Foundation requirements for steel buildings 32′ wide +


 Short Answer: Since metal buildings that are 32’ wide and up are manufactured differently from the standard sizes (12’ wide to 30’ wide), they also require different foundation specs. Concrete slabs for these steel buildings should have an extra inch all around, be a minimum of 4 inches thick, and have minimum 24” x 24” footings.

Foundation requirements for steel buildings 32’ wide and up vary greatly depending on different factors such as your contractors’ recommendations and your township or city’s requirements for your area. For MW Steel Buildings, we have a few requirements and recommendations regarding the slab, the concrete footings, and the concrete apron. Remember to always check in with your local township/county/city to make sure you’re following local code.


For your concrete slab, we recommend the slab be a minimum of 4” thick and have an extra inch all the way around. So if your slab is for a 40×60 metal workshop, we’d recommend your slab to be 40’2” wide x 60’2” long. Why? Adding an additional 2” to the width and length of the slab offers more reinforcement for the concrete anchors that are installed and expand into the concrete footing. Due to the weight of the steel structure, adding an additional inch to the footing prevents the concrete from cracking and or chipping due to any shift or movement in the structure. This additional concrete also offers the installers the ability to move your structure around on the slab in case there are any errors made in the measurements of the slab.



Due to the weight of the large metal buildings and the engineered webbed trussing, buildings that are 32’ wide and up require deeper footings than a standard building. For your footings, we require a minimum of a 24-inch wide by 24-inch-deep footing, compared to the standard 12 inch by 12 inch footings. This requirement is meant to accommodate our concrete anchors and the additional weight of the metal building. For info on how the concrete anchors are installed in the footings, click here.

 Wondering what you should except during installation? Check out this quick video on a concrete slab pour for a metal building.


Concrete Apron

If your building contains overhead or roll-up doors, we highly recommend you have a slope going away from your door openings. This small detail helps in redirecting the flow of water away from your building and prevents it from seeping underneath your doors. This slope should consist of a minimum 3/4 inch drop and at least 4 inches further from the outside of the building.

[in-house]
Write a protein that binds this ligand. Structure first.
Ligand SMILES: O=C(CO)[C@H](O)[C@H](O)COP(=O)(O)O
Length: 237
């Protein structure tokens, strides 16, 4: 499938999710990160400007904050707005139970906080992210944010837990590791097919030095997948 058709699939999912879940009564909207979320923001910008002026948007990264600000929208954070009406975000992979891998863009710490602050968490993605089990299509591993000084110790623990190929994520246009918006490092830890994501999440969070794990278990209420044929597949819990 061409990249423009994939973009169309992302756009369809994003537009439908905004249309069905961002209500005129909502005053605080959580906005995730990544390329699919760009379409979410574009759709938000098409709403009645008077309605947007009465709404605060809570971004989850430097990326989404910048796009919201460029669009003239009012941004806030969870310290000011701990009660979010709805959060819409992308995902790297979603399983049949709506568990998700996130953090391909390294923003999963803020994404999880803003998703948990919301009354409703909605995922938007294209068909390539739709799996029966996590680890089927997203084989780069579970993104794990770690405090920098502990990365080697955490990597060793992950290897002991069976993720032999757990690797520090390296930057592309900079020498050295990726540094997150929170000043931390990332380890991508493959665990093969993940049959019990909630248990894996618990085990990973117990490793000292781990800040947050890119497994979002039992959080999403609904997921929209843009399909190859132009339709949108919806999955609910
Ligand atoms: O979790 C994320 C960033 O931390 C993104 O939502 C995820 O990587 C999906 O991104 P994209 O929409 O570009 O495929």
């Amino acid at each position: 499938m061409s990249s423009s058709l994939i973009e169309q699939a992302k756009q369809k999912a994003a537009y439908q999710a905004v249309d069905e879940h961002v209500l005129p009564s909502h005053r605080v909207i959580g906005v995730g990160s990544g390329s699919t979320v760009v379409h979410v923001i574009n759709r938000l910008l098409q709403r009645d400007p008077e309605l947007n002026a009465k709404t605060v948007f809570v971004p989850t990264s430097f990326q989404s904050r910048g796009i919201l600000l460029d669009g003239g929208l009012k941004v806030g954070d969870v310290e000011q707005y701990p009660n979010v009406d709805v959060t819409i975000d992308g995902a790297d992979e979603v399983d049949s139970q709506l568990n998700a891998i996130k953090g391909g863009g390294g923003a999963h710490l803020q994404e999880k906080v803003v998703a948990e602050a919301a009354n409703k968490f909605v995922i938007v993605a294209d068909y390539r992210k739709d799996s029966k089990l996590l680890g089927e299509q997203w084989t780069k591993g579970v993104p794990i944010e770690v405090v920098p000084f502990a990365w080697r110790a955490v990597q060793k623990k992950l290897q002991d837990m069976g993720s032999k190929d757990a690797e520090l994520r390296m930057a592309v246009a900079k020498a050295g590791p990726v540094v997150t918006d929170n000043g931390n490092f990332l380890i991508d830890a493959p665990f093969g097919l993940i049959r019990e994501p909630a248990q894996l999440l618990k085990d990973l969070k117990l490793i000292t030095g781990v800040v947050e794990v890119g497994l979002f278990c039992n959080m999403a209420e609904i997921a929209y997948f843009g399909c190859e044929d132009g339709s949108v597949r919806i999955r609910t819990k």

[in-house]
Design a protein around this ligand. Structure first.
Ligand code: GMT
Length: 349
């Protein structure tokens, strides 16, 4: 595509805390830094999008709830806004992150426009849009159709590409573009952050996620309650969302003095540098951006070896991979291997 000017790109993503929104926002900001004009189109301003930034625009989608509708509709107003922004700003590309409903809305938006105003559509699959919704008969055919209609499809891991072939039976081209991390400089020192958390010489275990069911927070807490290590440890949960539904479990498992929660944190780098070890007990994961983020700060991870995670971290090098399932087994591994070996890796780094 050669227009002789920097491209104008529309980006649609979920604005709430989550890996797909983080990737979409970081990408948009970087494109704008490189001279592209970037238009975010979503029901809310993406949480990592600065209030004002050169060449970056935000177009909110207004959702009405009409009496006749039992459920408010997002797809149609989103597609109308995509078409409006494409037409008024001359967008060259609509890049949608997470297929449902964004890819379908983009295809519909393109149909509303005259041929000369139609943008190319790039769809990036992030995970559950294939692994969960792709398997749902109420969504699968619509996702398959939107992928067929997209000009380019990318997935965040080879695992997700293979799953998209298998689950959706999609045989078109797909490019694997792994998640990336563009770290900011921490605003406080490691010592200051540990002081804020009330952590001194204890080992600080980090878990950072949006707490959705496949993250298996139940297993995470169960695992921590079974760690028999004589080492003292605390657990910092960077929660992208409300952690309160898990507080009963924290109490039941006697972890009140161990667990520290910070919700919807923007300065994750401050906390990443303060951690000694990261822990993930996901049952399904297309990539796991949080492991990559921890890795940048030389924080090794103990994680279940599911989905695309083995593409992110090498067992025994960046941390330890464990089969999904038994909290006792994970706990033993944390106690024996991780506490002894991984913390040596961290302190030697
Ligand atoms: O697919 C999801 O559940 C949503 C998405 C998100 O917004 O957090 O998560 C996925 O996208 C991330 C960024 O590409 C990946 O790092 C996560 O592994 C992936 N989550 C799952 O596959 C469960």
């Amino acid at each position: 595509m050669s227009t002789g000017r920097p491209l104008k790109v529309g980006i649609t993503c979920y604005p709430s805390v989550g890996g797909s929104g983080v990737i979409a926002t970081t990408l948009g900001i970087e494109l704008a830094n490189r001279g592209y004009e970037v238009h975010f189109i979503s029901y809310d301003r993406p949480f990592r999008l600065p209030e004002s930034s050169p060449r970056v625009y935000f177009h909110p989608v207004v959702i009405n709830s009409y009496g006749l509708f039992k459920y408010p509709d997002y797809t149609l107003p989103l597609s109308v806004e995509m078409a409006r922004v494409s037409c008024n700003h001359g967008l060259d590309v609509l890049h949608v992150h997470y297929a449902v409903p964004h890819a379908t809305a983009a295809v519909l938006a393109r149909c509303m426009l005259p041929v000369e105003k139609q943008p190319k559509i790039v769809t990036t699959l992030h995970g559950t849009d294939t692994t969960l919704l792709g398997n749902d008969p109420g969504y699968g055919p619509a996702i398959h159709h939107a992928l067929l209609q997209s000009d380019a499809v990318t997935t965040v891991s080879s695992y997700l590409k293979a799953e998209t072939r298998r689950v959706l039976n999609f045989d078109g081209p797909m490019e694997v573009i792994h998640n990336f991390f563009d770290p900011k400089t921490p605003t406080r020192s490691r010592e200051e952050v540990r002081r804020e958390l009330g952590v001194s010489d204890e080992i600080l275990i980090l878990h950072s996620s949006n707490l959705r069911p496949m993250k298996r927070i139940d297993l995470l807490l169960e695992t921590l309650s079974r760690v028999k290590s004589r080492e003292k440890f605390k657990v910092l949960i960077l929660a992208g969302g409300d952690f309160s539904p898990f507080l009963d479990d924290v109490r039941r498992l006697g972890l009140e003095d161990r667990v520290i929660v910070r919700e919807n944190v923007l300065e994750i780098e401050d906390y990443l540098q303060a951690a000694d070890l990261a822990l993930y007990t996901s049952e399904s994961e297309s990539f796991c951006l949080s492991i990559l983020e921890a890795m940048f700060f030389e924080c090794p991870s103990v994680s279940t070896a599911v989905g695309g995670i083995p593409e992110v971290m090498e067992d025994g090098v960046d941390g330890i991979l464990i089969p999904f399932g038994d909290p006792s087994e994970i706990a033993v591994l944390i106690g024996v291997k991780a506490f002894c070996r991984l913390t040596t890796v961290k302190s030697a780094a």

Concrete-ApronEngineer plans for large steel building foundation requirementsSteel-Building-Foundation-Requirements

MW Steel Buildings

(877) 368-8244


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Standard Roof

Standard or known as “Regular” roof style have rounded corners. The regular roof has no trim on your eaves, ridge cap, nor purlins (hat channel) making it cost effective option. Standard roofs are best used in areas that experience fair weather year round.


A-Frame Horizontal Roof

A-Frame Horizontal roofs give your structure a residential look. The sheet panels run from side to side and does not have purlins or ridge cap. The increase in price to upgrade to A-Frame Horizontal is the additional welding needed on your trusses (bows). An excellent option to keep your residential look for residential areas for a minimum upgrade costs.


A-Frame Vertical Roof

Known as the best choice for areas that experience extreme weather conditions, the vertical roof style is hands down the best choice for Michigan weather. The roof panels run from the pitch to the eaves causing heavy snows, rain, and natural elements to slide off the roof easily. In order to tie down the panels to the structure, we must add purlins or hat channels lengthwise making the structure more rigid. The finished look with special trim all around the roof and ridge cap makes this roof style the best option.